|I have a lot of grass that basically lies on top of the soil and kind of creeps along, looking similar to wheat. It is taking over the past few years. I would like to know what it is and how to get rid of it. There are some spots that I have tried to pull out and end up leaving a 12x12|
|What you describe sounds like quackgrass. Quackgrass is a common lawn weed that offers nothing desirable and is very difficult to eradicate. In fact, it is often classified as one of the most objectionable grass-like weeds. Like crabgrass, it doesn't blend in with the lawn and can choke out the desirable turf grasses.
Quackgrass (Agropyron repens) is a perennial and has a really tough root system. It has long, tapered blades around 1/3 inch wide attached to hollow stems. The plant is much more upright growing than crabgrass. The seed heads are single, upright stems, not branched like crabgrass. Quackgrass has a strong root system with white, fleshy rhizomes that spread out from the main plant, sending up new plants.
The most common way for weed seeds to enter a yard is birds. Quackgrass seed is a favorite of sparrows and other birds and some of it passes through their systems to be deposited in your yard as they fly by. Weed seed can also be introduced by winds and contaminated grass seed. Once a plant is in your yard and goes to seed, hitting it with the lawn mower spreads it to the surrounding area.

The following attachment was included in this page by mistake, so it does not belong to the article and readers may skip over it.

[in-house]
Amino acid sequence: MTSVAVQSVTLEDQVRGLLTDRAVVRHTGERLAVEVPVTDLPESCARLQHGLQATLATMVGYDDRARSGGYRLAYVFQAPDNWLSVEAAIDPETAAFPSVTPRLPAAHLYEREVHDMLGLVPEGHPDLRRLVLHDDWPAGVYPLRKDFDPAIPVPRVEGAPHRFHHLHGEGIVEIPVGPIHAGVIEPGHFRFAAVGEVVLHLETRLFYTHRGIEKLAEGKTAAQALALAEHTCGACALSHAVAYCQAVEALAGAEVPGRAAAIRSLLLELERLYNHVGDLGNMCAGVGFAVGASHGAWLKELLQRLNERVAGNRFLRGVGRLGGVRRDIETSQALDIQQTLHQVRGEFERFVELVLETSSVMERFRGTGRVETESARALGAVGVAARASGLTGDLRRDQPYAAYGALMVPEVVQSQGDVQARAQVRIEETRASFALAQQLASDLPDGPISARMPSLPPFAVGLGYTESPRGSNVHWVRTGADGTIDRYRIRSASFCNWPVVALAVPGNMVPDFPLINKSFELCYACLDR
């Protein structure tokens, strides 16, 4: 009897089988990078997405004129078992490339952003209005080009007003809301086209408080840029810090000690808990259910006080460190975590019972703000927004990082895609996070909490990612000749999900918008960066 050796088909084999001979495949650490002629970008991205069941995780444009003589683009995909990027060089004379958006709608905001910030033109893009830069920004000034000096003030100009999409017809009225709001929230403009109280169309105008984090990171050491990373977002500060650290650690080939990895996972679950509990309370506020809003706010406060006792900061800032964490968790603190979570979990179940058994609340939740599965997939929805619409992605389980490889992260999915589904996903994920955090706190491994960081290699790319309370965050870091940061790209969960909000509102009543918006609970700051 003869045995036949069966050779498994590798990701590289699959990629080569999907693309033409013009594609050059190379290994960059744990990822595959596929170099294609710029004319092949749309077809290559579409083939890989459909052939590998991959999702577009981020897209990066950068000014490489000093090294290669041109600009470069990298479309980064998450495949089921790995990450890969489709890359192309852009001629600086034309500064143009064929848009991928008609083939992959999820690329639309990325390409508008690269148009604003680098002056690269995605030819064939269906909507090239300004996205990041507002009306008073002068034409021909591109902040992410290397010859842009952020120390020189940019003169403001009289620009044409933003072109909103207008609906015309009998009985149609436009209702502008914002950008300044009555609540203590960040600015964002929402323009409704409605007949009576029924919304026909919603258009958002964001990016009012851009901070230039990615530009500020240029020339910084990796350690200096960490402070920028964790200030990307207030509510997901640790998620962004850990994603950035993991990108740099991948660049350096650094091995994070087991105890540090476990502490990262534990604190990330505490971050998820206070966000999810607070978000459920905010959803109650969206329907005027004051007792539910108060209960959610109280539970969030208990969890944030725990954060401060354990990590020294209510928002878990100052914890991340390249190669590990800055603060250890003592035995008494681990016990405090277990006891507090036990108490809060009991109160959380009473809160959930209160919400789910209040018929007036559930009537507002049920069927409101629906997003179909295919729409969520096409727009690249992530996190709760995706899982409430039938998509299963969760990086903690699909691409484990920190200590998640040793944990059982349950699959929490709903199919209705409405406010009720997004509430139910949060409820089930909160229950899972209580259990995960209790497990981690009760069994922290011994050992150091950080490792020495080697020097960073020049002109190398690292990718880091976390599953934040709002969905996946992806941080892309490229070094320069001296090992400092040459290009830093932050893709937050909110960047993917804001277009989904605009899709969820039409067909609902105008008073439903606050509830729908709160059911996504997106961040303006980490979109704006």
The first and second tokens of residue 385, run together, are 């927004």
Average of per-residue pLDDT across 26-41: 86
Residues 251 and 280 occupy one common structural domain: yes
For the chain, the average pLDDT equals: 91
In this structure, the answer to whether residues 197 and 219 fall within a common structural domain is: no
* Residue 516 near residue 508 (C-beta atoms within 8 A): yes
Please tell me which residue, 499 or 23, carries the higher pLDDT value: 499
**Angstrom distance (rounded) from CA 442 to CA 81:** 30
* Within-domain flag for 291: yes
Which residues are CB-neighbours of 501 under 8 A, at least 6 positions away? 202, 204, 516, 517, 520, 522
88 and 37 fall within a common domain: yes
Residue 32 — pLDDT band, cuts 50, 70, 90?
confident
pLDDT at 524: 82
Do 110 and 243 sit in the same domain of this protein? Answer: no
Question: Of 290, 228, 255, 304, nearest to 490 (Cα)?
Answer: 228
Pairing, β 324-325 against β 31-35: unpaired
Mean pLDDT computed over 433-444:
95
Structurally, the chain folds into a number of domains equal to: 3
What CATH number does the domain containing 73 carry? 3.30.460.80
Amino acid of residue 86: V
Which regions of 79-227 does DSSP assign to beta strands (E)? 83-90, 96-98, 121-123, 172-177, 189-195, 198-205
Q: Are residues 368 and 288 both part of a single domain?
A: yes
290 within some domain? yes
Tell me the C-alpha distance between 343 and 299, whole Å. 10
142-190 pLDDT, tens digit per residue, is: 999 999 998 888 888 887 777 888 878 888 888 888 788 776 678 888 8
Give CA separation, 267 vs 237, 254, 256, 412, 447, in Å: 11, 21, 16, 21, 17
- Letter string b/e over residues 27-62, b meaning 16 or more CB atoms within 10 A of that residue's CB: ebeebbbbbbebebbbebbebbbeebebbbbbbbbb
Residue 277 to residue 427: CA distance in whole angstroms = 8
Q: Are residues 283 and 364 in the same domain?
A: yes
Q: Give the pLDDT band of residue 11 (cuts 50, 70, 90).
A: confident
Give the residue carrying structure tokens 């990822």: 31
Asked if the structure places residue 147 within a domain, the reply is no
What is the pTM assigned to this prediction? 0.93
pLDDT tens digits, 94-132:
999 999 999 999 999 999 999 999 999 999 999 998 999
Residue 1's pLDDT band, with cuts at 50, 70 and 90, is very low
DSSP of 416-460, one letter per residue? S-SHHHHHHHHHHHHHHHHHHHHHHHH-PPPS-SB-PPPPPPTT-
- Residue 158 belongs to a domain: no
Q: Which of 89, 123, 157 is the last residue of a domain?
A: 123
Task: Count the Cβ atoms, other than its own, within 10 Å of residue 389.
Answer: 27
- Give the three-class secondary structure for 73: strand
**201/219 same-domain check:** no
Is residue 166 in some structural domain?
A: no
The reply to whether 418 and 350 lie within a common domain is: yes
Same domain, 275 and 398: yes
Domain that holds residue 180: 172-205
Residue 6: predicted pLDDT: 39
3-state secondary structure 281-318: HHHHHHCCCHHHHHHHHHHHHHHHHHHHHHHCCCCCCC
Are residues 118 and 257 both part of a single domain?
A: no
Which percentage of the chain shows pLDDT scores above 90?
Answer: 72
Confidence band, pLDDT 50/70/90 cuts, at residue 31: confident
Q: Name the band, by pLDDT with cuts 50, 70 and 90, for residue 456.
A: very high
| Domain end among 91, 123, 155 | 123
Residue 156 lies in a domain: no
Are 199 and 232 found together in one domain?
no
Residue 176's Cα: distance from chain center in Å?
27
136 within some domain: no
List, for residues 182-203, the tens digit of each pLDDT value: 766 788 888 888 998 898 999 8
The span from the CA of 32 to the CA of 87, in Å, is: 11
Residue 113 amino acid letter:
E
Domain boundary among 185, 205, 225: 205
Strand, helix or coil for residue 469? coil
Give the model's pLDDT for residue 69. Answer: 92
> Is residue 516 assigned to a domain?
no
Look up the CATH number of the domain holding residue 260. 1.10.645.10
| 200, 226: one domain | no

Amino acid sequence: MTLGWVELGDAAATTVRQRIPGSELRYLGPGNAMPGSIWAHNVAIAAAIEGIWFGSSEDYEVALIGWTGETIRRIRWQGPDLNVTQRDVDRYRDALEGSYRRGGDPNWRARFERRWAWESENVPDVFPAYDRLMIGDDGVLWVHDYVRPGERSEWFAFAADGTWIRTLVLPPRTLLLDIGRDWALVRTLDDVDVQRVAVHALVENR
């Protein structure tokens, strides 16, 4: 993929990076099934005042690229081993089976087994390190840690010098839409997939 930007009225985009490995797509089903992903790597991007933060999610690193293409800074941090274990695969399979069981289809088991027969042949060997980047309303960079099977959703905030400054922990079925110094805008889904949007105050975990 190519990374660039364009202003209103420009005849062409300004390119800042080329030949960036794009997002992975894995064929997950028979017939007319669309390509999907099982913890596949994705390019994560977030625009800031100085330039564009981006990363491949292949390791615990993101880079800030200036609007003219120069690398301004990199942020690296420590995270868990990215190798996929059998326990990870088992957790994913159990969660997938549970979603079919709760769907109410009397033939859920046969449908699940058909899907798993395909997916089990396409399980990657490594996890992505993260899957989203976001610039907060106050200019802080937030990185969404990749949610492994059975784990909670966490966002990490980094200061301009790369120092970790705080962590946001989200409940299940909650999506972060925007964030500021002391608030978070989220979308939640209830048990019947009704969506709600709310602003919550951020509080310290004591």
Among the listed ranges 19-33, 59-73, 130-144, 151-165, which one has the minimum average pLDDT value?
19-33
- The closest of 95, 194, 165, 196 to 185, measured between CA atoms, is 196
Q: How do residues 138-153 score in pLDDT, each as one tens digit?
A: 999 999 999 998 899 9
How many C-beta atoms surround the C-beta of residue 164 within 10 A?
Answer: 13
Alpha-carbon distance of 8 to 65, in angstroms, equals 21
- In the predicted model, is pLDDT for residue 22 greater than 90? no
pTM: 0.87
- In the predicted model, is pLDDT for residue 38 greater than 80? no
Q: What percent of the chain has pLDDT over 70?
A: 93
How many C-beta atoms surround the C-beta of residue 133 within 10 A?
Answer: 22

You need to be aggressive in dealing with quackgrass, since it is aggressive in your yard. Unfortunately, there are no selective herbicides for quackgrass and with its rhizomatous root system, it is almost impossible to pull. The only real alternative in dealing with quackgrass is killing it with a nonselective herbicide such as Roundup or Finale. Keep in mind that these herbicides will kill anything with leaves so you'll want to cover desireable plants and apply it carefully.
Quackgrass, like crabgrass, leaves thousands of seeds in the lawn for the new season. Pre-emergence herbicides, such as crabgrass preventers, will inhibit germination of quackgrass seed. Such seeds germinate as the soil temperature reaches around 55-60 degrees in spring, so timely application is important.
After using Roundup or Finale to kill the quackgrass while it is actively growing, you can re-seed within 7 days. If you are using a pre-emergence herbicide in the spring, you need to wait a minimum of 30 days before seeding grass. Again, pre-emergent herbicides continue to affect germination rates after the 30 days, so if you can wait until the fall seeding season, you will have more success.
Once you've gotten rid of the quackgrass, put your lawn on a regular feeding and watering schedule. A lush, thick lawn will help crowd out undesireable weeds.